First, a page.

- Written by Agatha Christie
- Directed by John Going
- Produced at Olney Theatre
- Reviewed by Debbie Minter Jackson
How does the longest running show in the history of London’s famed West End, one that has been performed on Broadway and throughout America for decades still have enough punch to keep ‘em guessing for yet another run? It’s the well-crafted writing and great casting that make this show a keeper. Agatha Christie sets the tone, a good director keeps the action flowing and the audience guessing. Besides, who doesn’t enjoy a good old fashioned murder mystery every now and then?
Christie sets up the premise with a natural breezy ease-a pair of newlyweds try their luck at refashioning an old mansion into a guest house. While they’re still learning about each other, they discover the strange eccentricities of their guests, and get caught up in the fray when one of them ends up murdered and sprawled over the couch, thus sparking the grandmother of all “Whodunits.” Christie shows why she’s considered the master storyteller in this genre, starting off with basic premises of motivation and opportunity that have been emulated on shows from Columbo to Murder She Wrote, even Curtains currently on Broadway, only better.
What makes the production work is a clear sketch of all the characters and their possible motivations. Christie provides just a few general brush strokes and it’s up to actors to make them work, which this cast does admirably with body outlining chalk tape to spare. Olney regular Julie-Ann Elliott plays Mrs. Mollie Rolston, the wife, with just enough endearing affect mixed with daring to fit the bill. She is perfectly matched by Olney newcomer Scott Barrow who brings a debonair grace to the husband’s role, forming a truly matched set. The other fun characters to watch are the always reliable Paul Morella as the mysteriously accented stranger, Mr. Paravicini, Jeffries Thaiss as a rather goofy and easy to pick on Christopher Wren, and MaryBeth Wise, fresh from her Helen Hayes nomination for The Miracle Worker playing against type as a subdued, trousered and gruff silent woman with a secret. Which they all have in abundance. That’s the point, to figure out enough of the back story to reveal the guilty party to snap, in a mousetrap.
Without giving anything away, suffice it to say that the experiences of the past shape and reveal the characters’ current realities. Along with being a master story teller, Christie’s work reveals a fascinating psychological interest, not too deep, just enough to add a layer of meaning to explanations and motivations. Plus, there’s that excellent writing and expert craftsperson’s artistry at work. When Mollie first enters hiding a shopping purchase in the bureau, the meaning of that simple act is not revealed until the end of the show. Christie wraps up each moment with care and with the same attentiveness that she devotes to character development.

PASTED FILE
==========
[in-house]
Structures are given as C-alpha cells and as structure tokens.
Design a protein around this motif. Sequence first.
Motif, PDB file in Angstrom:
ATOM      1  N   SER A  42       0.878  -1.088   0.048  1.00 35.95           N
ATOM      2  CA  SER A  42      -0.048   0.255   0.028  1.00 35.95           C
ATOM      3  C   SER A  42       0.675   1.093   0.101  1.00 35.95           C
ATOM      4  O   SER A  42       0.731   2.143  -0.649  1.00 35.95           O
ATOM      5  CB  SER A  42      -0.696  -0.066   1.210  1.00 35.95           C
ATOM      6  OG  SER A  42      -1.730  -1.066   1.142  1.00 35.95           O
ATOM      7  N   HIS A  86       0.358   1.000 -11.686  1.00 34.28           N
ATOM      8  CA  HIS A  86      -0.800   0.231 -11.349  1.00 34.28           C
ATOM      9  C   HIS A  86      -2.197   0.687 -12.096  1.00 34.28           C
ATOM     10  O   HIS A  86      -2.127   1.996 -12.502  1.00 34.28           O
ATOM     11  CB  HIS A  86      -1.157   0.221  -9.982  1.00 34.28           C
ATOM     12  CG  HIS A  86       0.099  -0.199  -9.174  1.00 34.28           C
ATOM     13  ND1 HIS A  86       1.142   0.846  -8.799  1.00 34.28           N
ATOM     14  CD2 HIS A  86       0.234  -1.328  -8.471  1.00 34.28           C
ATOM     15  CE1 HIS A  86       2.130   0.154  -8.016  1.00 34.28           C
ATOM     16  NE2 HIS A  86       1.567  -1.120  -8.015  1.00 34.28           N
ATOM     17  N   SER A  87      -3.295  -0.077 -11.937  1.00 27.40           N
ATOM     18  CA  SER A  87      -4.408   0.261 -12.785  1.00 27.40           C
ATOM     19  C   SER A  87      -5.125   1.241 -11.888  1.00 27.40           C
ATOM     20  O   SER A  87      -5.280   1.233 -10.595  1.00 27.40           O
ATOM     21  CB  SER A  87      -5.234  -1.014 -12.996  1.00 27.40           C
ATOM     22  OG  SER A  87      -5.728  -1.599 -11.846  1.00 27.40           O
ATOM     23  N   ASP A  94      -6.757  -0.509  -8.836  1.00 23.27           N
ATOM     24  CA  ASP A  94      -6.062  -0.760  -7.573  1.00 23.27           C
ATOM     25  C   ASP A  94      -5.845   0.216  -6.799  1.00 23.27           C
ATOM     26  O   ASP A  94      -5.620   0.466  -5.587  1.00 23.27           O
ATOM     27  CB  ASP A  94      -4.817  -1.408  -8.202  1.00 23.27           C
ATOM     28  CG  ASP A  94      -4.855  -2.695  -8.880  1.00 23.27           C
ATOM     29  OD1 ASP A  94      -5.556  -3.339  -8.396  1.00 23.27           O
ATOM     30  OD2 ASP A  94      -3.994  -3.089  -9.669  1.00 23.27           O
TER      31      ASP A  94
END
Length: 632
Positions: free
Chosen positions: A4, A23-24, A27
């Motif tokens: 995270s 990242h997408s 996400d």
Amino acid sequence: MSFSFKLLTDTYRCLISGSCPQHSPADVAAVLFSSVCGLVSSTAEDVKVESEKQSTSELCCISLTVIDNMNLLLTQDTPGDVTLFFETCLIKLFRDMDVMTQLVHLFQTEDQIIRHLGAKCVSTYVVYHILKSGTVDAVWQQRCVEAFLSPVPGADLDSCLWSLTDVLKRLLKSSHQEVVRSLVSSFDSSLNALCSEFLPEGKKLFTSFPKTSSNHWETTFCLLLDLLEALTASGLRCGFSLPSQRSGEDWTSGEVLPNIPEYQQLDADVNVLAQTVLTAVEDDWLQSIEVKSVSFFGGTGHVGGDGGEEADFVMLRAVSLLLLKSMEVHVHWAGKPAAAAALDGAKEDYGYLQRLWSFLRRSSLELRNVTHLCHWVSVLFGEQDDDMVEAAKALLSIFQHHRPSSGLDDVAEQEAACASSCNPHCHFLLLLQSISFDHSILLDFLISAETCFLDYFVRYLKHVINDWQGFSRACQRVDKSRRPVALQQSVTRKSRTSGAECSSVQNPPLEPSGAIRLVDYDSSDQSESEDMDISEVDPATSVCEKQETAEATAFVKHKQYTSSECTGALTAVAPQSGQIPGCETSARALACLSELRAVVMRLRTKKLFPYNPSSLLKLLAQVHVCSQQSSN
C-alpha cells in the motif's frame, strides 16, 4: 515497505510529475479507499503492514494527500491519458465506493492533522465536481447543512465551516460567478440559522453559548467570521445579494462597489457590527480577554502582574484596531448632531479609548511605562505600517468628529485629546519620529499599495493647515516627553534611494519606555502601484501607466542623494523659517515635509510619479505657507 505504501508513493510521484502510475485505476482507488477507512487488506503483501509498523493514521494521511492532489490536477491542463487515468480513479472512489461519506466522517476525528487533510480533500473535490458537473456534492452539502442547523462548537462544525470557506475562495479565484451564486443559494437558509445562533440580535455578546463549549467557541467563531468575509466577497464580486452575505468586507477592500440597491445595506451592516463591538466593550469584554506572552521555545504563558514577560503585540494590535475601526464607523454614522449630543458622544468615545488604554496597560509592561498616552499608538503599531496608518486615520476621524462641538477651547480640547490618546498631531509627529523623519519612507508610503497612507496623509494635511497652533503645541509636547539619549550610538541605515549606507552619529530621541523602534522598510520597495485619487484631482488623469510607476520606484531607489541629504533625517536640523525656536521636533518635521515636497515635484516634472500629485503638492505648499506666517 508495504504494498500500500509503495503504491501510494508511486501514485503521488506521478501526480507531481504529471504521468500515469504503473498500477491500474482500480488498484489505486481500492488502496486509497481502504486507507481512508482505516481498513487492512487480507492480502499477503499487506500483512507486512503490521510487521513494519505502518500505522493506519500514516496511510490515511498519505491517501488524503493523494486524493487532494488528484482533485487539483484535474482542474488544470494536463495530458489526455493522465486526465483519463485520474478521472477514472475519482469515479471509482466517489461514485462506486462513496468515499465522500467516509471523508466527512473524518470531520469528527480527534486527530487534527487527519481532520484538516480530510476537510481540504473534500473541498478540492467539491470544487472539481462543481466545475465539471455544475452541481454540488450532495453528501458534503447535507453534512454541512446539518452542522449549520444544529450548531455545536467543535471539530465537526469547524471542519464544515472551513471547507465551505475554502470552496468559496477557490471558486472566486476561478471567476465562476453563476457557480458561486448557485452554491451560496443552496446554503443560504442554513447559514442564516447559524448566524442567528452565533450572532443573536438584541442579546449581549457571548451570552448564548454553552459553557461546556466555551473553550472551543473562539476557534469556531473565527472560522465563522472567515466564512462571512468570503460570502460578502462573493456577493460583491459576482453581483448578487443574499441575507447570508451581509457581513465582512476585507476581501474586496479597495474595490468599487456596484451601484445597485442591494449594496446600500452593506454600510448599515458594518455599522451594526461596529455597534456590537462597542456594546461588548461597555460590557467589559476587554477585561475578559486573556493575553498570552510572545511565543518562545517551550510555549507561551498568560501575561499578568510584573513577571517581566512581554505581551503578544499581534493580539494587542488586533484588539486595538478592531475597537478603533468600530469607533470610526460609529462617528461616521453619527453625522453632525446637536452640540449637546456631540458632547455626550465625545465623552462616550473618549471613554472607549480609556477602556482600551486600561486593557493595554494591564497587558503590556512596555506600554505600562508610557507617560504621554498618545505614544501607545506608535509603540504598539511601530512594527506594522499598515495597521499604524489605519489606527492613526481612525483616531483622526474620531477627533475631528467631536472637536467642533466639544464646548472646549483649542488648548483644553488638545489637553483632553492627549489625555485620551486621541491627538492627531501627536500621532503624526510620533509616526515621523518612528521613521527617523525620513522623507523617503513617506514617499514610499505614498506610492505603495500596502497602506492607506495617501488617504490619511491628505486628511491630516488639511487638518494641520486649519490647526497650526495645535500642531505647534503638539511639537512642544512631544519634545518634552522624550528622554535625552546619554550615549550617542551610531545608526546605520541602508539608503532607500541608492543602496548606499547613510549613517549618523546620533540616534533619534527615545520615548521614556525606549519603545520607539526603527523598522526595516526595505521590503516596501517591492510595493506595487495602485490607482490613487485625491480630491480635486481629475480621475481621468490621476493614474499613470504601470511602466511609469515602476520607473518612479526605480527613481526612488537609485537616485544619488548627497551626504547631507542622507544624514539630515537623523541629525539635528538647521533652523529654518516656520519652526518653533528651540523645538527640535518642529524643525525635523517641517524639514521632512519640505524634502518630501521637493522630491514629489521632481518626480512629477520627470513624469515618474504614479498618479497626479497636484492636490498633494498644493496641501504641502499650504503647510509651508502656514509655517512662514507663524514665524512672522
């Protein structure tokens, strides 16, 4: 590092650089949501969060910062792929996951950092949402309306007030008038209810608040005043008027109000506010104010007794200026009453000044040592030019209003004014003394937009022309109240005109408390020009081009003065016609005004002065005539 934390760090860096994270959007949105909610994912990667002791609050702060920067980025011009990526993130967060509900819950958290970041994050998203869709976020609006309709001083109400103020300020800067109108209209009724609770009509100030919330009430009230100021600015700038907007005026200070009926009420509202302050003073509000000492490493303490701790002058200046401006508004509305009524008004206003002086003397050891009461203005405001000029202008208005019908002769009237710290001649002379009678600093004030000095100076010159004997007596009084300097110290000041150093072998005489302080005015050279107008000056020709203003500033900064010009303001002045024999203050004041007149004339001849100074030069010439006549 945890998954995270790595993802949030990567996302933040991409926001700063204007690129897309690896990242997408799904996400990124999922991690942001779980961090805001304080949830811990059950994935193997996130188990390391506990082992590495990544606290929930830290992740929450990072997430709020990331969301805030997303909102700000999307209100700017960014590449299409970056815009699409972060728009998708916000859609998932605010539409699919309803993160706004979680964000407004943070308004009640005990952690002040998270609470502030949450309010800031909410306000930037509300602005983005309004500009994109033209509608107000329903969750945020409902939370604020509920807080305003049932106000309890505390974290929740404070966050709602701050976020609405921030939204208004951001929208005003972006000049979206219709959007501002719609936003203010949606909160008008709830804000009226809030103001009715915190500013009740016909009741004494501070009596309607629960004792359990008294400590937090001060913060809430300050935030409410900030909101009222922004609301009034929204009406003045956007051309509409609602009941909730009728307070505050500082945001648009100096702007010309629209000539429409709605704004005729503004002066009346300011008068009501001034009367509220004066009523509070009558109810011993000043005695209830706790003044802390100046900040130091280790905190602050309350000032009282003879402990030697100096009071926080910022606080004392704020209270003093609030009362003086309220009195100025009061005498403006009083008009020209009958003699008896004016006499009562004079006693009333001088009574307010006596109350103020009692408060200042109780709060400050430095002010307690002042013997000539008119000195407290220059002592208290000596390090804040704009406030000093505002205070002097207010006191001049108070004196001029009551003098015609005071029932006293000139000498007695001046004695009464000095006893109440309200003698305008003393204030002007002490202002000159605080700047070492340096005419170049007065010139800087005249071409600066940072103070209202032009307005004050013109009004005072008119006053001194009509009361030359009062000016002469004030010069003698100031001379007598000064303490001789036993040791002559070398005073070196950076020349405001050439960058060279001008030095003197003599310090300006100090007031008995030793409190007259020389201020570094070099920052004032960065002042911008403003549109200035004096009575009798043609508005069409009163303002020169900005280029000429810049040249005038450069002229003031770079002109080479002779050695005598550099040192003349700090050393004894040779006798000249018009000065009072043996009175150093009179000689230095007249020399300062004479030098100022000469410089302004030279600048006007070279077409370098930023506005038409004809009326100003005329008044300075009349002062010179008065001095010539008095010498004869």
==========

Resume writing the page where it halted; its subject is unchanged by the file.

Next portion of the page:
The newlyweds go on a theatrical journey from sweet, dutiful lovers, to put upon proprietors, to harsh accusers or defenders of suspects/guests, to finally doubting each other’s sincerity and veracity. It’s quite a journey, timelessly interesting to watch with a good director at the helm orchestrating these sketchy psychological studies. Director and four-time Helen Hayes Award nominee John Going is ideal in handling these layered explorations. His highly praised rendition of Doubt this season, I Am My Own Wife among others last season, and other selections throughout the years reflect keen facility with a characters’ psychological underpinning to explain not only why they tick and do what they do, but who might be ready to snap, as does one of the guests at the Manor. In Mousetrap, Going uses playful touches for a fun and light-hearted affair, just watch the curtain call.
As with other Olney productions, the breathtaking set, this one designed by James Wolk is irresistibly effective with broad expansive wood paneling, gallantly worn furnishings, and a to-die-for picture window relaying the blustering winds and falling snow outside cast in hues of gentle glowing blue, giving you the urge to curl up in the window sill reading for hours.
More like a comfy puzzle rather than a taut thriller, this production easily proves why Mousetrap, first produced in 1952, holds the title as the longest running play in the world, and rightly so. This classic gets first class treatment at Olney.
- Running Time: 2:00 with intermission
- When: Thru July 6th, Wedn – Saturday at 8, and Saturday and Sunday at 2pm; Sunday 7:30.
- Where: Olney Theatre Center, 2001 Olney-Sandy Spring Road, Olney, MD
- Tickets: $30
Call: 301.924.3400 or consult the website.